We love Exploration! Click on one of the marine topics below to learn more.
This page contains additional web resources to encourage independent research. Refer to the grade notebooks to find videos for specific exercises.
Shellfish Ecosystem Services - info from Pacific Shellfish Institute 7th grade+
Encyclopedia of Puget Sound - species and ecology 5th grade+
Ancient Clam Gardens of Northwest Coast Article+Slideshow 6th grade+
Clam Garden Network - research on and construction of clam gardens 5th grade+
Shellfish Identification CLAM ID KEY
Clams and Water Quality 5th grade+
Australian shellfish ecosystems: Past distribution, current status and future direction - college level research article
What is Ocean Acidification (OA)?
Roughly 30% of the CO2 released into the atmosphere is absorbed by the ocean. The CO2 being absorbed by water triggers a series of chemical reactions which results in an increase of hydrogen ions. This increases the water's acidity and causes carbonate ions to be relatively less abundant. It is estimated that by the end of the century the surface waters of the ocean could be nearly 150% more acidic. This would result in a pH that the oceans haven't seen in more than 20 million years.
Why do we care?
Carbonate ions are a key building block of seashells and coral skeletons. A decrease in carbonate ions makes building shells and other calcium carbonate structures difficult for calcifying organisms such as oysters, clams, sea urchins, corals, and calcareous plankton.
Local Data and Research
The Northwest Association of Networked Ocean Observing Systems (NANOOS) is a great database for oceanic data sets. Check out their information on ocean acidification in the Pacific northwest. Their explorer application is a great resource for looking at multiple real-time oceanic datasets, which includes local stations in Bellingham and Cherry Point.
Here is a power point about local research by Brooke Love (Shannon Point Marine Center) on OA and eelgrass.
NOAA Ocean Acidification Education - which includes lesson plans & activities for HS, MS, and ES.
NOAA Ocean Acidification Program - conducts wide ranging research and monitoring related to OA
PMEL Carbon Program - Research on OA and pteropods, a keystone shellfish
Science on a Sphere - areas of relative human impact on oceans
Science Buddies - Careers in Ocean Acidification
Videos for Students
Sustainable Seafood & Social Justice
Big Picture: Why do we care?
Some current seafood harvesting methods accidentally catch animals like sea turtles or damage habitats like coral reefs.
Current demand for seafood has caused fish to be harvested at a faster rate than the population’s reproduction can keep up with. This has caused many fish populations to decrease over time.
Bottom line: we have to harvest seafood sustainably in order to have tasty seafood for generations to come.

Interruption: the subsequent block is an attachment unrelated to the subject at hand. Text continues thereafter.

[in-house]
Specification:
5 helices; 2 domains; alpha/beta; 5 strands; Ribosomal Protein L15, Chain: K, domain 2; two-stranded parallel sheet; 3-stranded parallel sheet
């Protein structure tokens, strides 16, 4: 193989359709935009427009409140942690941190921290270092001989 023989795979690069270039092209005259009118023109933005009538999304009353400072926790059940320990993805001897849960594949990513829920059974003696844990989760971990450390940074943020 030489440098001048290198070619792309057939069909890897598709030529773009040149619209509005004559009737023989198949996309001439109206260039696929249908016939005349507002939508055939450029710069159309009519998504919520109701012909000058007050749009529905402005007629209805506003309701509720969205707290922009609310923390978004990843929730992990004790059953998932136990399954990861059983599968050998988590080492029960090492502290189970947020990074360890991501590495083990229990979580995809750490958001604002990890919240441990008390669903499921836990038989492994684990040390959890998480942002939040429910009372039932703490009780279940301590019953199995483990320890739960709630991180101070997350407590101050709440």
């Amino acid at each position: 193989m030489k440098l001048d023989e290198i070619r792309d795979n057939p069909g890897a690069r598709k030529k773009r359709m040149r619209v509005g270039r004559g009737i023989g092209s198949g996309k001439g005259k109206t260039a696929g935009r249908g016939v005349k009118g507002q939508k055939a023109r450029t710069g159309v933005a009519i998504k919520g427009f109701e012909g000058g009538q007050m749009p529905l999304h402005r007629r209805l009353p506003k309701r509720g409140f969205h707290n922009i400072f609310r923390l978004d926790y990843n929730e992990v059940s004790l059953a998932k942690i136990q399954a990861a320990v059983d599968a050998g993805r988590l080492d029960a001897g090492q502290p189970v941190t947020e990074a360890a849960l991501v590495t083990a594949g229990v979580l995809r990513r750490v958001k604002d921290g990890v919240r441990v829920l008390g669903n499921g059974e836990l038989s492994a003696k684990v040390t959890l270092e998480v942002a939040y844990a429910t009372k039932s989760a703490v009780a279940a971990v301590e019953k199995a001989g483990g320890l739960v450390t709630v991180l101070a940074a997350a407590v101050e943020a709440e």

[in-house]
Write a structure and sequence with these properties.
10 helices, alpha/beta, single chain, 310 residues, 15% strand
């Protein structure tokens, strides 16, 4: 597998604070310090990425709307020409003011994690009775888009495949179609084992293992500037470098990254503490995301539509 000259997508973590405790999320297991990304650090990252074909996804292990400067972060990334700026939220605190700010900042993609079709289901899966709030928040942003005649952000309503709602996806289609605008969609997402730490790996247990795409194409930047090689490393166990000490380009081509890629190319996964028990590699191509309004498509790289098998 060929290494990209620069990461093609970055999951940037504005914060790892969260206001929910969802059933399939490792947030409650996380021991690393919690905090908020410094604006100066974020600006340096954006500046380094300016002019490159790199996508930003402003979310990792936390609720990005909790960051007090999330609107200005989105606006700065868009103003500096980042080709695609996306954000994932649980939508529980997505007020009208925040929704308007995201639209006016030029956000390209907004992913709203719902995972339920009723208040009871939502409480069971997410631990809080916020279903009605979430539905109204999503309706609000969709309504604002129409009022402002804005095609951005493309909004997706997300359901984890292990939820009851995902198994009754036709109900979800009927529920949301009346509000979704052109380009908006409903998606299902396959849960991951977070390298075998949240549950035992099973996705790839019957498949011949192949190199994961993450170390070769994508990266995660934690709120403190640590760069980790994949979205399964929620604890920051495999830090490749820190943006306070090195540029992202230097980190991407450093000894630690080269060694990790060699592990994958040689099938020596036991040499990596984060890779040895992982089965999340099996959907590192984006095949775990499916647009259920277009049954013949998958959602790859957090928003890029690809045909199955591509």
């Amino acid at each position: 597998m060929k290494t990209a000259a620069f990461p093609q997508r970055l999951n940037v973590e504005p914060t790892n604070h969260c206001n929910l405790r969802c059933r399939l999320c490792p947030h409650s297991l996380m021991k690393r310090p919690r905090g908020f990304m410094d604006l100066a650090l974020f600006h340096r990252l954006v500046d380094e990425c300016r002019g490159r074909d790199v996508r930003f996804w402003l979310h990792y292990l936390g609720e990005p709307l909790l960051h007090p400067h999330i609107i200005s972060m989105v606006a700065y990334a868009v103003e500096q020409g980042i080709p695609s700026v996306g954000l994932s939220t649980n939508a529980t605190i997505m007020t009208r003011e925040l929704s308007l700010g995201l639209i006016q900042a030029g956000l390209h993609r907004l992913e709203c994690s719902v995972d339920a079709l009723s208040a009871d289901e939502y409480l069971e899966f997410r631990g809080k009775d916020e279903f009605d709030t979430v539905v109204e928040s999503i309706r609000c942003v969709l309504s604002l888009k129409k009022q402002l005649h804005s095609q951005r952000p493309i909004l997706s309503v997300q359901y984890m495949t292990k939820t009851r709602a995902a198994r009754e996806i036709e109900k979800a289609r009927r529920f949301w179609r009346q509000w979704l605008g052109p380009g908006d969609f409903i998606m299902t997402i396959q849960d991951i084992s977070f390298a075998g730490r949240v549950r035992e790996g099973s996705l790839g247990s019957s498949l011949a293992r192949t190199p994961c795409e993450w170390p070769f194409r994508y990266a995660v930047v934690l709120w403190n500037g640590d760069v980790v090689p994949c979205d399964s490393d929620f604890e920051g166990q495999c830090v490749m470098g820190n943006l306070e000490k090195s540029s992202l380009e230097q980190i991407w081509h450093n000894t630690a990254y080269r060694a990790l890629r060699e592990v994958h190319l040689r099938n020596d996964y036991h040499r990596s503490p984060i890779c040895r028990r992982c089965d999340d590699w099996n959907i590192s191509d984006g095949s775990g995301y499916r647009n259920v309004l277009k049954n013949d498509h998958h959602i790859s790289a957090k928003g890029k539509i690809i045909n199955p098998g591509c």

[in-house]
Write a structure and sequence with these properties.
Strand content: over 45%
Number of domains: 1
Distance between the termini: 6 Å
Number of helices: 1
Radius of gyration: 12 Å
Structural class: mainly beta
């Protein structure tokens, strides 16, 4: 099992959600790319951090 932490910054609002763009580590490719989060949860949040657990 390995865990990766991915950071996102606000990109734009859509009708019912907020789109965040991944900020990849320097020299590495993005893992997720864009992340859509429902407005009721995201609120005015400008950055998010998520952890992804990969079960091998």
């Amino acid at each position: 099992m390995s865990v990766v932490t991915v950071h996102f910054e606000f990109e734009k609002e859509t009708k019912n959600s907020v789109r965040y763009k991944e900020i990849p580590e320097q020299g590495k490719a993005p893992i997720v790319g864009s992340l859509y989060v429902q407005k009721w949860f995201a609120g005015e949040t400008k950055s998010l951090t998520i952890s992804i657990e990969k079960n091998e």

One of the key concerns with farmed fish is pollution. Net pens often contain densities of fish that are much higher than would occur naturally. Since they are in nets the fish require food inputs, and carnivorous fish like salmon require two pounds of wild fish as feed to grow one pound of salmon. Excess food, fish waste, as well as antibiotics and other chemicals being used flow through the cages into the surrounding ecosystem. This can cause algal blooms and other issues from the reduced water quality. One benefit of farmed fishing is that it can relieve pressure off of overharvested wild fish populations.
While farmed fishing may get a bad reputation for its ecological impact, farmed shellfish are a very different story. It has been estimated that 80% of the world’s wild oyster beds have been wiped out and now 95% of the world’s oyster consumption is being supplied by farmed oysters. Since the vast majority of oyster consumption is farmed, the sustainability of this industry is something worth thinking about.
One great thing about oysters is that they are filter-feeders. An oyster can filter up to 50 gallons of water per day, eating tiny particles, plankton, and organic matter found in the water column. Unlike fish which require food inputs and have the resulting waste which can pollute the environment, oysters can actually improve the water quality. This results in a sustainable food source, especially if you can buy locally to reduce your carbon footprint!
In recent years many human right issues have come to light from the seafood industry. While this is not included in most scientific determinations of sustainability, it is important to consider social justice issues when looking at the overall function of a fishery.
The Seafood Slavery Risk Tool produces a rating indicating the likelihood that human trafficking, forced labor and hazardous child labor are occurring on fishing boats in a specific fishery. The tool incorporates information from a variety of accurate, credible reports by authoritative institutions (U.S. government reports, EU and UN reports) and civil society organizations (universities, NGOs and media outlets) that are available in the public domain.
How to be a responsible consumer
Look for sustainability certifications when shopping
The Whatcom Food Network is also a great source to learn about the sustainability of our local foods.
The Shape of Life: Mollusc Explore many videos on phylum Mollusca, any soft-bodied invertebrate of the phylum Mollusca, usually wholly or partly enclosed in a calcium carbonate shell secreted by a soft mantle covering the body, and often possessing a single foot and a radula.